The 1974 film has attitude. Each cleat to the face on the gridiron and drop of sweat beading across every brow in the Southern swamp seeps into the film. Aldrich (“The Dirty Dozen”) shot on location at Georgia State Penitentiary, and his use of actual guards and inmates as extras adds to its bleakness. The director often helmed movies with huge male casts, frequently making his actors outshine sub par material; “The Longest Yard” is no different. A generic script by producer Albert S. Ruddy and Tracy Keenan Wynn has enough hooks to avoid tuning out, largely provided by Reynolds. His football background (he played at Florida State before the Baltimore Colts drafted him) elevates the wisecracking Crewe into one of his most natural roles. Reynolds convincingly looks like a QB, and surrounding him with pros gives “The Longest Yard” an aura of authenticity. The cast includes Green Bay Packer Ray Nitschke (Bodaanski), LA Rams/ Pittsburgh Steelers alum Mike Henry (Rasmussen), Minnesota Viking QB Joe Kapp (Walking Boss) and Pervis Atkins (Mawabe) – who had stints with the Rams, the Washington Redskins and the Oakland Raiders. With these guys hammering Crewe, the prospect of beating the guards after the game’s first half becomes a daunting one.
The prisoners dislike Crewe, because he’s a guy who had it all and then pissed it away. Of the toughs, many are on the cusp of fame. Only Richard Kiel (Samson), soon to be Jaws in “The Spy Who Loved Me,” had memorably appeared in anything much of note, playing the Kanamit leader in “To Serve Man,” a classic episode of “The Twilight Zone.” Michael Conrad (Nate Scarborough) would hit the jackpot in his final role on the inaugural seasons of “Hill Street Blues” while John Steadman (Pop) snared bigger old codger roles in “Gator” and “Cheech & Chong’s Next Movie.” Even Otis B. aka Sonny Shroyer (Enos from “The Dukes Of Hazzard”) is here as Tannen. Some actors continued being on Reynolds’ team, as Harry Caesar (Granville), Hells Angel Robert ‘Bob’ Tessier (Shokner, the prison’s badass), Dino Washington (Mason), Steadman and Henry would appear in other Reynolds flicks.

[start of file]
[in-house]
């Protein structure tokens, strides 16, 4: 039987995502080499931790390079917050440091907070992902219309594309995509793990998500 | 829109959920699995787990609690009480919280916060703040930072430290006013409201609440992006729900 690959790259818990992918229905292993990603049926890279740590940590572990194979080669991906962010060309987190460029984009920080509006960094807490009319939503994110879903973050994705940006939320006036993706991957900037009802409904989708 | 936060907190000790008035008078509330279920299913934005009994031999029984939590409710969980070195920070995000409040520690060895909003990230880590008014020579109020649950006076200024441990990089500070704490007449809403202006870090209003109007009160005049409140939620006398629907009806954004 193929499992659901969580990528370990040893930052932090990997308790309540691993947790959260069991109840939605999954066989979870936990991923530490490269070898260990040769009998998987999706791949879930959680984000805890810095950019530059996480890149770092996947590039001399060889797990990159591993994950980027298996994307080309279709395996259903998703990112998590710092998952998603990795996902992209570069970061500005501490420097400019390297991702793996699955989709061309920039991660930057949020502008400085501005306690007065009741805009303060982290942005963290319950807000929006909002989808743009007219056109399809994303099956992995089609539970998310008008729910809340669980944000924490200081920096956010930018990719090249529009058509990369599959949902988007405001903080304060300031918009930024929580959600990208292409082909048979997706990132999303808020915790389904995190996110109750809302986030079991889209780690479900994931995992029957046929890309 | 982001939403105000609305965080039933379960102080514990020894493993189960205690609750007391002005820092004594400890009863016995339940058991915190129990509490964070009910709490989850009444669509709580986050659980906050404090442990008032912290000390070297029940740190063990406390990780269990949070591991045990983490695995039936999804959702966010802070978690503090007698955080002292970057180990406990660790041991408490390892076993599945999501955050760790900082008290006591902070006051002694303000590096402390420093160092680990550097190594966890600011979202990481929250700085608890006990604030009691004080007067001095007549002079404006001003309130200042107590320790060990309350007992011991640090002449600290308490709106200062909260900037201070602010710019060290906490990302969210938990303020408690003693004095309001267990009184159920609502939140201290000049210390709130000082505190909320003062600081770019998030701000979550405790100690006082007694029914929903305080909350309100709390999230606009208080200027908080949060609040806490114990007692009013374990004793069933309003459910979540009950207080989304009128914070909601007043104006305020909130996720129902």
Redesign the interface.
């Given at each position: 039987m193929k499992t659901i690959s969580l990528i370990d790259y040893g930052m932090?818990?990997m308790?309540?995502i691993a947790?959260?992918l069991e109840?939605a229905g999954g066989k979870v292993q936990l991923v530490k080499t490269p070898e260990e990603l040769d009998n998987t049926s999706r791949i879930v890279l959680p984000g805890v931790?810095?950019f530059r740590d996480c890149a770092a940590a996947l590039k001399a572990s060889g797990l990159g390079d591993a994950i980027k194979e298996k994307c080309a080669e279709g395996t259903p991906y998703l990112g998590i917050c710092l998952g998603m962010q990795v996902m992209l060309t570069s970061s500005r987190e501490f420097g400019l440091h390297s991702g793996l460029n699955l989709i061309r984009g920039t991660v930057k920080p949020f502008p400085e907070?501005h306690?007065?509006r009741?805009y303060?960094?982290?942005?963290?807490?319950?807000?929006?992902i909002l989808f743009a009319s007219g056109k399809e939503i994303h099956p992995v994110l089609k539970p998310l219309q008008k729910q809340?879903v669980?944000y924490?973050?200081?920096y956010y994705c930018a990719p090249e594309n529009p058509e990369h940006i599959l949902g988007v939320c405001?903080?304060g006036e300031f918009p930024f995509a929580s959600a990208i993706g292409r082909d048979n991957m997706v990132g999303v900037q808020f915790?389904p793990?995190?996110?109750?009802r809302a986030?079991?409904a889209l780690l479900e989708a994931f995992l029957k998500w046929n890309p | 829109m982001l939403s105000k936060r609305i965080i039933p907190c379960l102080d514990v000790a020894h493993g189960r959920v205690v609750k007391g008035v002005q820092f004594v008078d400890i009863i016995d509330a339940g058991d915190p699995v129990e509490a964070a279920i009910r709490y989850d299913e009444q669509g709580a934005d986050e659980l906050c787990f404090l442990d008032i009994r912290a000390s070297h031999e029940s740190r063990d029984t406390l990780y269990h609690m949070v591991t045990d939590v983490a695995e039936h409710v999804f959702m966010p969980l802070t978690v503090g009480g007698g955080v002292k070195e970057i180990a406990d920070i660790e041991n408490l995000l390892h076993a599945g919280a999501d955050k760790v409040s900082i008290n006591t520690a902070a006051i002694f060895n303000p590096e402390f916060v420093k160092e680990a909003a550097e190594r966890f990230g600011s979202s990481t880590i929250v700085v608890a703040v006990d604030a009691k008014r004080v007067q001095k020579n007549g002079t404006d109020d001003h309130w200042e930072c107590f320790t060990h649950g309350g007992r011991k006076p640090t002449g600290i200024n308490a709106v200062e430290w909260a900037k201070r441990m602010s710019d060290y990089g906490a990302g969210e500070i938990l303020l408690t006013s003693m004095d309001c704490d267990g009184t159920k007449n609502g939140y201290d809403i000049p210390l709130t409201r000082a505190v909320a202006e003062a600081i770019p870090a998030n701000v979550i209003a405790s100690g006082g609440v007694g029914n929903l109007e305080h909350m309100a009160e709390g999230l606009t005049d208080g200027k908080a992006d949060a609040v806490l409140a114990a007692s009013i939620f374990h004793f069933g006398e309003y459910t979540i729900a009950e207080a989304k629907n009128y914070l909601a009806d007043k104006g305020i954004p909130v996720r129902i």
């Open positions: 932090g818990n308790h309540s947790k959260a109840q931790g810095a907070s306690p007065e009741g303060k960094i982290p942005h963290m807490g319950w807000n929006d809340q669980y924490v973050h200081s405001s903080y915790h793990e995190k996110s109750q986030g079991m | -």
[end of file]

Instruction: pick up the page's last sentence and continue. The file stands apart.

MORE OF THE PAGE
“The Longest Yard” can wear viewers down. It slows at points and the third act’s 47 minutes is entirely taken up by the football game, which is where Michael Luciano’s innovative editing glows (Justly awarded an Oscar nomination for his labor, he lost out to the father-and-son Kress team’s work on “The Towering Inferno,” a movie that should have had another hour hacked from it). It eventually gathers speed and evolves into an amusing comedy that both genders can appreciate. Guys, if she’s not cheering for Crewe on the final play, is she worth it?
The Lockdown Edition includes enough of a look at the remake to pique interest in the typically jaded. Even better: twenty minutes of funny, brief and tolerable docs (“Doing Time On The Longest Yard” and “Unleashing The Mean Machine”) are here, but these could have been combined. While the transfer looks OK, it was never regarded as a high-quality production when it was released. Over time its power grew, and the sportswriters that pepper the bonus features convey this well. The commentary from Ruddy and Reynolds is almost as much of a party as the film, which ultimately created a market for sports flicks. “Rocky,” “Slap Shot” and “North Dallas Forty” were on the horizon but Ruddy sums up the unexpected success of “The Longest Yard” best during the extras.
The Oscar-winning producer (“The Godfather,” “Million Dollar Baby”) says the script isn’t funny but “if you would have done that movie with a professional actor, God knows what would have happened to it.” While that’s true, it’s a hysterical statement considering Reynolds was coming off “Deliverance.” Al can’t rip on Reynolds so early in his career, either – not when you produce the “Cannonball Run” films. The actor is the linchpin of “The Longest Yard.” Subtracting his charismatic grin and witty delivery of lines others would botch make it doubtful it would have been remade in 2001 as “Mean Machine” and again this year. With that in mind, buying it on DVD can’t start elsewhere.